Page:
Opinion: Concerned citizens launch website on impacts of proposed Main Street project

By Jerry Mailhot

Carmel Valley

Concerned citizens in Carmel Valley have launched the website


to provide community members the opportunity to learn more and share their thoughts about Kilroy Realty Development’s proposed Main Street project.

The proposed Main Street project is on the southwest corner of Del Mar Heights Road and El Camino Real in the heart of Carmel Valley. The site is Carmel Valley’s last sizeable undeveloped parcel of commercial property and currently planned for 500,000 square feet of suburban office space. The developer intends to build 270,000 square feet of retail, 535,000 square feet of office (housed in 10-story and seven-story buildings), 150 to 175 room hotel and 608 residential units plus parking structures, totaling more than 2 million square feet crammed on the 23-acre site. As proposed, the project would be the largest density increase ever considered in Carmel Valley’s 30-plus-year history.

The community has grown increasingly concerned about the one-sided promotion of the Main Street development to the residents of Carmel Valley. The website was developed to show the potential negative impacts of the project on Carmel Valley and surrounding communities.

Among the potential negative impacts highlighted on the website are traffic and infrastructure impacts to the community, parking constraints and the size and scale of the project.

The Main Street project will add more than 30,000 traffic trips per day to Carmel Valley roads, which is five times more than the planned traffic generation for the site and does not include projected traffic from nearby approved entitlements. The project will bring two additional stoplights and pedestrian crossings to Del Mar Heights Road between High Bluff Drive and El Camino Real increasing travel and wait times for all commuters and residents along the main artery in Carmel Valley.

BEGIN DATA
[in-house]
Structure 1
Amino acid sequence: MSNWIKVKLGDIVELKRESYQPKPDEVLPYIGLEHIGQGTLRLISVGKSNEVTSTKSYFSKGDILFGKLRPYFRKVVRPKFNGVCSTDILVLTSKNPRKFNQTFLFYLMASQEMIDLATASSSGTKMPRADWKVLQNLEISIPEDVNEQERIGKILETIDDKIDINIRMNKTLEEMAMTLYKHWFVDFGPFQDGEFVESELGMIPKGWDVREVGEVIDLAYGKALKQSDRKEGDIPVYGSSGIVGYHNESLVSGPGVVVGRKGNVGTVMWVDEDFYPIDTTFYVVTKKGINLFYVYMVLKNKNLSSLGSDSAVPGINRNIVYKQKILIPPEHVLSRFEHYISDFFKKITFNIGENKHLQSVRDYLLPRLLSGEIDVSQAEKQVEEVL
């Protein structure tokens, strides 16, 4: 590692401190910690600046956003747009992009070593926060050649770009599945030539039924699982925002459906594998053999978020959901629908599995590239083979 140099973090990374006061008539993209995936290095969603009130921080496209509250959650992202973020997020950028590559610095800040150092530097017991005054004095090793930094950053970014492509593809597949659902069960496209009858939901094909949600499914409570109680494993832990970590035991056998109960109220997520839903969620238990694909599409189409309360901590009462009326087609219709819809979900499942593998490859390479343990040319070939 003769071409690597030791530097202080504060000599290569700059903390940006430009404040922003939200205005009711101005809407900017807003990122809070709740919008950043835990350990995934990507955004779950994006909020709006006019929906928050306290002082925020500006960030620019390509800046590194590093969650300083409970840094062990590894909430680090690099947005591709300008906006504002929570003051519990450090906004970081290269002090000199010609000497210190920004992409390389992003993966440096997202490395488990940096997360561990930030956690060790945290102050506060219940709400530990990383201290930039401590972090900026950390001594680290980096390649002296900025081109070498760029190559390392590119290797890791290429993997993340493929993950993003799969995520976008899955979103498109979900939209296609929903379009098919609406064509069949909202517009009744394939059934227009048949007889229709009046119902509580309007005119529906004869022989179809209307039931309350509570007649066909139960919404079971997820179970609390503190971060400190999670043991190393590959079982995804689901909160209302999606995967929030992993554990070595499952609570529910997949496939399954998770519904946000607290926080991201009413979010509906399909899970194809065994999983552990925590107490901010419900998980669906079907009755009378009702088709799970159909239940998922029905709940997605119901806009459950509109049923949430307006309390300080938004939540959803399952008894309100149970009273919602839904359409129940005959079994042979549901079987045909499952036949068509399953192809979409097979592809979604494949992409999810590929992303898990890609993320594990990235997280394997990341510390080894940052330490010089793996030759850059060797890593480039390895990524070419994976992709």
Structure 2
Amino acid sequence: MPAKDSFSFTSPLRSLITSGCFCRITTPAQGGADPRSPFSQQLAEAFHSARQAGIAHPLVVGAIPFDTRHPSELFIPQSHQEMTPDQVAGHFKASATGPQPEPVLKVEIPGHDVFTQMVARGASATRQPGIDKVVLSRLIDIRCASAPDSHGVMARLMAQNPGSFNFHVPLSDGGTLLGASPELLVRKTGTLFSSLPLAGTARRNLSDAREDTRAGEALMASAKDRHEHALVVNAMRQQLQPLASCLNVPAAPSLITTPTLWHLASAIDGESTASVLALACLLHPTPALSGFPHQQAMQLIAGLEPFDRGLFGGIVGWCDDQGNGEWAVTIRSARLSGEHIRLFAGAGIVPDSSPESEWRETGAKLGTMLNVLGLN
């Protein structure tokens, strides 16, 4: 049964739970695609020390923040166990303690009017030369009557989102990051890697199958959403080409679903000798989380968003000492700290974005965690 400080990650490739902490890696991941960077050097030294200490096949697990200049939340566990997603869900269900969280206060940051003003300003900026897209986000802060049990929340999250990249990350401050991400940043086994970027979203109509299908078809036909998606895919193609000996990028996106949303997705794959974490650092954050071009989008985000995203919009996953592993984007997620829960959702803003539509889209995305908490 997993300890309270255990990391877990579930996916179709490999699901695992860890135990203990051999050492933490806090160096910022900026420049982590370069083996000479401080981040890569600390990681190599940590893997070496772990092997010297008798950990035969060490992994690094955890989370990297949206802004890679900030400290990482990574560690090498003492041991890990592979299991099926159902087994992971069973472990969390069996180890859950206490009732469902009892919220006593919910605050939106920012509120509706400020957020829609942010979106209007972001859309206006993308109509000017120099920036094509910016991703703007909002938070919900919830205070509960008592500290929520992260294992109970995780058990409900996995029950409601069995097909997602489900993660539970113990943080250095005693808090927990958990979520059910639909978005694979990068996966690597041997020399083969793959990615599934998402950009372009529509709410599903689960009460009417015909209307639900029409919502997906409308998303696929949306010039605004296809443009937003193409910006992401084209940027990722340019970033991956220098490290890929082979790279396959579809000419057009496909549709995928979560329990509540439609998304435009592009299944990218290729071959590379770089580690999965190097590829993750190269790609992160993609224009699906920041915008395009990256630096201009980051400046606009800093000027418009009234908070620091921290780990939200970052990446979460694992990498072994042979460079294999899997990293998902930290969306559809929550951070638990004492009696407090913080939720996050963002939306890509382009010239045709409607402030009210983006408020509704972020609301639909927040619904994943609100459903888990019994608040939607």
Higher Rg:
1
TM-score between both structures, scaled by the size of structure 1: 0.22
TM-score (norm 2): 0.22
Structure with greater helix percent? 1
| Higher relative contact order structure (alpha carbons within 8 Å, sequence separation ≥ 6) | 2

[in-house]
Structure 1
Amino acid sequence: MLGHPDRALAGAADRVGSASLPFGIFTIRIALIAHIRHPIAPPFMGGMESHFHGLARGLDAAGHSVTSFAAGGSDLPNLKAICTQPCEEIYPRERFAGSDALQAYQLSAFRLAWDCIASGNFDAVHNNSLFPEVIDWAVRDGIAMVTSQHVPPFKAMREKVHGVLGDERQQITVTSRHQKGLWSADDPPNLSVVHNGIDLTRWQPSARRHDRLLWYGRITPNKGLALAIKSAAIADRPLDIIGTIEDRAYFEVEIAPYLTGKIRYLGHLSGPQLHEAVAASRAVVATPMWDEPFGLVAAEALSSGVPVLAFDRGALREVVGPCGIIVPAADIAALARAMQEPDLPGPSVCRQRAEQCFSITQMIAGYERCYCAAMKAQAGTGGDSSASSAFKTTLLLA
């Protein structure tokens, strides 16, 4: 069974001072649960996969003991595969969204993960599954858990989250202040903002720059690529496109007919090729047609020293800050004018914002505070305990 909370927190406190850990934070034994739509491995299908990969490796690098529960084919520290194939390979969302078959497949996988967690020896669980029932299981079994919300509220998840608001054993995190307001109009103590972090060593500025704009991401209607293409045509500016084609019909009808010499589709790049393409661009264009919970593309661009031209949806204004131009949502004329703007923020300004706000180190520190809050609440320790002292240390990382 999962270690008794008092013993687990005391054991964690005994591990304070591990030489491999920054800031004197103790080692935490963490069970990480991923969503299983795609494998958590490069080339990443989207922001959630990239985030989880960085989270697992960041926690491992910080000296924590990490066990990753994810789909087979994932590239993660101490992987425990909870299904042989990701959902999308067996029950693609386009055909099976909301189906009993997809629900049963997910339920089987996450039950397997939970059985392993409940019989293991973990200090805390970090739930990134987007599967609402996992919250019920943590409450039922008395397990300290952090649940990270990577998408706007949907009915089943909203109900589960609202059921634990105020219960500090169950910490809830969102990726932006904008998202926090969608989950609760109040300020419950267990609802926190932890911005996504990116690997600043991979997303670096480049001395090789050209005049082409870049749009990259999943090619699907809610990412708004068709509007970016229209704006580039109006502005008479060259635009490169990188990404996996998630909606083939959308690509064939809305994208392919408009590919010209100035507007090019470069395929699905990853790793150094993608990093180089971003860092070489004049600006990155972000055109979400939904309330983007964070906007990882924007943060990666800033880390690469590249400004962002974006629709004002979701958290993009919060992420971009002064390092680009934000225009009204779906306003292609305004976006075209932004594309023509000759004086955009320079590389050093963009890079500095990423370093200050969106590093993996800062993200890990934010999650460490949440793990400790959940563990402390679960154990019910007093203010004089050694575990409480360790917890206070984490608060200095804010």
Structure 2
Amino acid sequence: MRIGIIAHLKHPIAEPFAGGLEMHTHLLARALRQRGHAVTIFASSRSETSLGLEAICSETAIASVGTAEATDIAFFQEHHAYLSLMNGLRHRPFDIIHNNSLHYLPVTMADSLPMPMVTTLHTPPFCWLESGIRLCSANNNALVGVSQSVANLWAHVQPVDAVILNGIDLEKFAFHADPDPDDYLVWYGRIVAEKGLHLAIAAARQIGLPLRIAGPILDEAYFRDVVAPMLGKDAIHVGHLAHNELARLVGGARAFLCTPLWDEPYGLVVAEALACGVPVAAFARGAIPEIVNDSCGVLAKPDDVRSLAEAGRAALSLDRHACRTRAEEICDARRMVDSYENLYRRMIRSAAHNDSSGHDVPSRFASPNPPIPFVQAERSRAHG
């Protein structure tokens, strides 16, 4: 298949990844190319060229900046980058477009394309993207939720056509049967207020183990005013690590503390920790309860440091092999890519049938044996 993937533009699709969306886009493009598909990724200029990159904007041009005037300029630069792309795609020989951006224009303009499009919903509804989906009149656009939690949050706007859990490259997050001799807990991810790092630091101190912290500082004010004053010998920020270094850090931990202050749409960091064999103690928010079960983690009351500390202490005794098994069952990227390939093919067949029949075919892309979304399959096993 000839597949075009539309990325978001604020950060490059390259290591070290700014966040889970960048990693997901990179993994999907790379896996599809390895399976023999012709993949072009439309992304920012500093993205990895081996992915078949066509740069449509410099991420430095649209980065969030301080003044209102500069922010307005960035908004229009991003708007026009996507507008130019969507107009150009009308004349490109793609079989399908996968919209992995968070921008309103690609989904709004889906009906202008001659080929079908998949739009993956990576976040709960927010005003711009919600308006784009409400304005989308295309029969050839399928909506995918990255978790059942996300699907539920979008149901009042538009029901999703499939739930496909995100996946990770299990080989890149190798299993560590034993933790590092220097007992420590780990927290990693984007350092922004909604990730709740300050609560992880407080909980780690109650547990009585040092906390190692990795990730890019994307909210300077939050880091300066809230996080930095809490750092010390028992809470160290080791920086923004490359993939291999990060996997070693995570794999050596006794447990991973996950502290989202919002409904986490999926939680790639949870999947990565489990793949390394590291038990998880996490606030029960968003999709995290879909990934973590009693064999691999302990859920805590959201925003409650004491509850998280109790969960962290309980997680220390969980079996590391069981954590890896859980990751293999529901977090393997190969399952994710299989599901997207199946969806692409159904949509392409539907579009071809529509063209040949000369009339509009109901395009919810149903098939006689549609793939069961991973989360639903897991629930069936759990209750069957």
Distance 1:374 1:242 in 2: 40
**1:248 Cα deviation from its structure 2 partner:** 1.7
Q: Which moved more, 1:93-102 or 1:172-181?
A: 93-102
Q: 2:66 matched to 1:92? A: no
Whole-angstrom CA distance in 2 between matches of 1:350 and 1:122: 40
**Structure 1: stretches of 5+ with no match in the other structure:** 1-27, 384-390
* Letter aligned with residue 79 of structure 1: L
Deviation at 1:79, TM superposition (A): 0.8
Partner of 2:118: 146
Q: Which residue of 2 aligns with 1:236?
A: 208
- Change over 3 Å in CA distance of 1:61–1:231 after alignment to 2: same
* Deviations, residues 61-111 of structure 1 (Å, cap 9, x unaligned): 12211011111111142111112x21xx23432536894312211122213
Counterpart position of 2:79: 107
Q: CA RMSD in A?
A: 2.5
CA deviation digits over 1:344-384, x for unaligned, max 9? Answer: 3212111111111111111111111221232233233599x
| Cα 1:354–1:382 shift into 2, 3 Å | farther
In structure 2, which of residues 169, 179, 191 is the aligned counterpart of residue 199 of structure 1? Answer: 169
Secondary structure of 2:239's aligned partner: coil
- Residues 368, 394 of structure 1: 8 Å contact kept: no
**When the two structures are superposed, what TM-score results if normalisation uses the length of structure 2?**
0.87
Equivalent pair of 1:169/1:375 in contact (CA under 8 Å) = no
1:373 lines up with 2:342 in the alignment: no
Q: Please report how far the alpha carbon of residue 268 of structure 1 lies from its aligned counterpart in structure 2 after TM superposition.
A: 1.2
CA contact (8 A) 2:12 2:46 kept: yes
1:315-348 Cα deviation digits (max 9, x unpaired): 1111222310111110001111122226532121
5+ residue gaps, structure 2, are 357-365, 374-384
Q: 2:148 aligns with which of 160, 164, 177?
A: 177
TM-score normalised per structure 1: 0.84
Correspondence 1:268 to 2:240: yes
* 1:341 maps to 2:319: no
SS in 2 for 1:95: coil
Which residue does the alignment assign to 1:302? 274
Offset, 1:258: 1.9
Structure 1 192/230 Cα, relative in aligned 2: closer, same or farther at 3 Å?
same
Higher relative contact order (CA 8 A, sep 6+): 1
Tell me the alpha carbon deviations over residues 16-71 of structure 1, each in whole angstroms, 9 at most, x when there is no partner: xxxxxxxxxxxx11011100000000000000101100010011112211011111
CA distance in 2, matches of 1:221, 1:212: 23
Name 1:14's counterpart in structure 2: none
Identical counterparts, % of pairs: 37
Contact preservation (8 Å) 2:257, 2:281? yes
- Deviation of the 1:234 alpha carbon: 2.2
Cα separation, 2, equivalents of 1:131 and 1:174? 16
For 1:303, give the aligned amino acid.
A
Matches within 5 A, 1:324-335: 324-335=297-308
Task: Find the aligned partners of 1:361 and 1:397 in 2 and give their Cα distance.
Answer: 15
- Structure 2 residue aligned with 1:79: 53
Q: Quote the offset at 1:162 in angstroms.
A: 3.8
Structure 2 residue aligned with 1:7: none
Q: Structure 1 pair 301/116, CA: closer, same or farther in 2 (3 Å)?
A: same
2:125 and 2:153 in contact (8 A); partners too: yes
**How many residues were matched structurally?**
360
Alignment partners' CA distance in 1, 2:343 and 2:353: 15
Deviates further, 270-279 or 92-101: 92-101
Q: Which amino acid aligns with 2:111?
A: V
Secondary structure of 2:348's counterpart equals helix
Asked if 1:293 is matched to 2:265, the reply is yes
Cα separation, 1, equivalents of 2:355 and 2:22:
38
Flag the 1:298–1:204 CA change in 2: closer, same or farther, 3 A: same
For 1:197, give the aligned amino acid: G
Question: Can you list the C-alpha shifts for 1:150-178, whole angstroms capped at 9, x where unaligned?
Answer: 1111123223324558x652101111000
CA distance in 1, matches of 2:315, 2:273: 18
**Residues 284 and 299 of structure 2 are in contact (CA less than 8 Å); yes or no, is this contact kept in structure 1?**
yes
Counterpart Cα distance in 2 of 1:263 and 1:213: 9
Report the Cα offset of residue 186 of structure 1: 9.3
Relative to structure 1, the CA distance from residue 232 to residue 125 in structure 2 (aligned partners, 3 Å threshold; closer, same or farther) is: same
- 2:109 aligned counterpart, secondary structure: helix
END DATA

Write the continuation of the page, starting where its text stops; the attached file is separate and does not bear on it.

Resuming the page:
The proposed project will be 10 times the density of the Del Mar Highlands Town Center and twice the size of University Town Center ­— a scale many residents are not comfortable with. Additionally, the developer has proposed paid parking for the office and hotel portions of the project, which will cause overflow parking and negatively impact surrounding streets and lots currently offering unrestricted and free parking.

We are not seeking to eliminate or reduce existing entitlements for the property but working to ensure the density, traffic and parking envisioned in the Community Plan are adhered to. It is important that any future development on the site is consistent with Carmel Valley’s community character and within the proposed traffic and infrastructure demands for which the area has been planned.

To learn more about the impacts of the proposed Main Street project or express yours concerns to decision makers, please visit the web site at


or email Jerry Mailhot at jmailhot@whatpricemainstreet.com.



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